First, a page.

Leading article: Not enough just to scrap GCSEs

 

Share
Related Topics

Not content with introducing free schools, shaking up A-levels and revamping the entire curriculum, the indefatigable Education Secretary has now set his sights on GCSEs. He has some good ideas, and some that need more thought.

Of the latest batch of typically radical proposals, there are two that stand out. The first is a structural issue. In future, Mr Gove wants there to be just one exam per subject, provided by a single board. Absolutely right. The current system is a nonsense, with a plethora of boards competing for schools' business and the incentives stacked towards an erosion of standards.

The second, more controversial suggestion is that GCSEs be abandoned altogether. Instead, says Mr Gove, there should be a choice between a more difficult, O-level-type exam and an easier option for the less able. The aim is a laudable one: there is, indeed, a need for more rigour in secondary education, and GCSEs have, without question, been devalued by rampant grade inflation and ever-easier questions. But there is also a real danger that returning to a two-tier exam system will entrench social divisions and relegate the non-academic to the educational scrapheap at the age of just 14.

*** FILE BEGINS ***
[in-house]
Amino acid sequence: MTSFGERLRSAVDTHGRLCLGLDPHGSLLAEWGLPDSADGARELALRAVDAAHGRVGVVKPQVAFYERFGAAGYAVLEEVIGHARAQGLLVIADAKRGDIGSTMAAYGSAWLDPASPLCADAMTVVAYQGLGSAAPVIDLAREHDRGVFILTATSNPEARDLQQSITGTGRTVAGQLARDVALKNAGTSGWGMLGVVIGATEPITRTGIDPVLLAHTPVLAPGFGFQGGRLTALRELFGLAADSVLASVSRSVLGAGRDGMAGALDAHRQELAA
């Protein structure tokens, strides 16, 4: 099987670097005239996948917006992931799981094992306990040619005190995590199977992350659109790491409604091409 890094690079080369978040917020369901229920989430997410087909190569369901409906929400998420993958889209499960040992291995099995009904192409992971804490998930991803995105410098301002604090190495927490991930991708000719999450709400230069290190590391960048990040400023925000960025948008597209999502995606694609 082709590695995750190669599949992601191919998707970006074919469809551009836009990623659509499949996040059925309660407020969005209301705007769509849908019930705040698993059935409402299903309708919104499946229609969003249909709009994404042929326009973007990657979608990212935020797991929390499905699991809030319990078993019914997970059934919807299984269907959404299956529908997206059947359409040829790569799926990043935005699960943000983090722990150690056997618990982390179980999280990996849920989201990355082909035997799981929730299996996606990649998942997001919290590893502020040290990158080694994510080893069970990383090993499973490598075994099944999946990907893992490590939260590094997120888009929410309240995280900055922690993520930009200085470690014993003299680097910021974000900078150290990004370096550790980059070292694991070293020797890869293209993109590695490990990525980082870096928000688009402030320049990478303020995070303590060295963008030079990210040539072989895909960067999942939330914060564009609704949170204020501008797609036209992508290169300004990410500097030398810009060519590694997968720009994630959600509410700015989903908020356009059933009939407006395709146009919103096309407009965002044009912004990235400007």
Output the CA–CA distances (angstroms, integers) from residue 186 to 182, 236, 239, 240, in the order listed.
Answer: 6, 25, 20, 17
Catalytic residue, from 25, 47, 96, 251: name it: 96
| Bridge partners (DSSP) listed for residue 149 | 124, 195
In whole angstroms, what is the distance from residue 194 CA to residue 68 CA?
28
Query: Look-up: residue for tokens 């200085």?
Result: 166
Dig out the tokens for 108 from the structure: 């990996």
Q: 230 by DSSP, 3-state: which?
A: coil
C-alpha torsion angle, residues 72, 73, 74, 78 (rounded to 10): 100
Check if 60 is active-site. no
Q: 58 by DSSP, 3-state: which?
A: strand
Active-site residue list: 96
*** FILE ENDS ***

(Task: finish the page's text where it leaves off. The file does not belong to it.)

Mr Gove responded to such concerns with characteristic brio yesterday. The key, he claims, is to foster a new culture of aspiration in schools and pupils alike. And he cites the example of Singapore, where four out of five children opt for the trickier of the two qualifications on offer. All well and good. But there will still be plenty of children who take the lesser, CSE-style test, even if they are only a minority.

There is an answer. In order for less academic pupils not to be abandoned by the system, more effort must go into providing high-quality vocational training. There has been progress, with the recent expansion of the University Technical College scheme. But even a near-doubling of the number of UTCs is still a long way from providing a genuine, nationwide alternative.

Mr Gove's plans to overhaul GCSEs may yet come to nothing, but he still deserves applause as a politician not afraid to tackle his brief head on. He must take on the gaps in Britain's technical education with similar gusto.

React Now

Latest stories from i100
iJobs Job Widget
iJobs General

Recruitment Genius: Bookkeeper / Office Co-ordinator

£9 per hour: Recruitment Genius: This role is based within a small family run ...

Recruitment Genius: Designer - Print & Digital

£28000 - £32000 per annum: Recruitment Genius: This Design and marketing agenc...

Recruitment Genius: Quantity Surveyor

£46000 per annum: Recruitment Genius: This property investment firm are lookin...

Recruitment Genius: Telesales / Telemarketing Executive - OTE £30k / £35k plus

£18000 - £35000 per annum: Recruitment Genius: This company specialises provid...

Day In a Page

Read Next
Tory MP David Tredinnick arrives at 10 Downing Street  

Astrology wouldn’t just be a boon to the NHS – think how much better it could make MI5

Matthew Norman
 

Dear Nick: a personal letter to my wonderful husband

Rebecca Armstrong
War with Isis: Fears that the looming battle for Mosul will unleash 'a million refugees'

The battle for Mosul will unleash 'a million refugees'

Aid agencies prepare for vast exodus following planned Iraqi offensive against the Isis-held city, reports Patrick Cockburn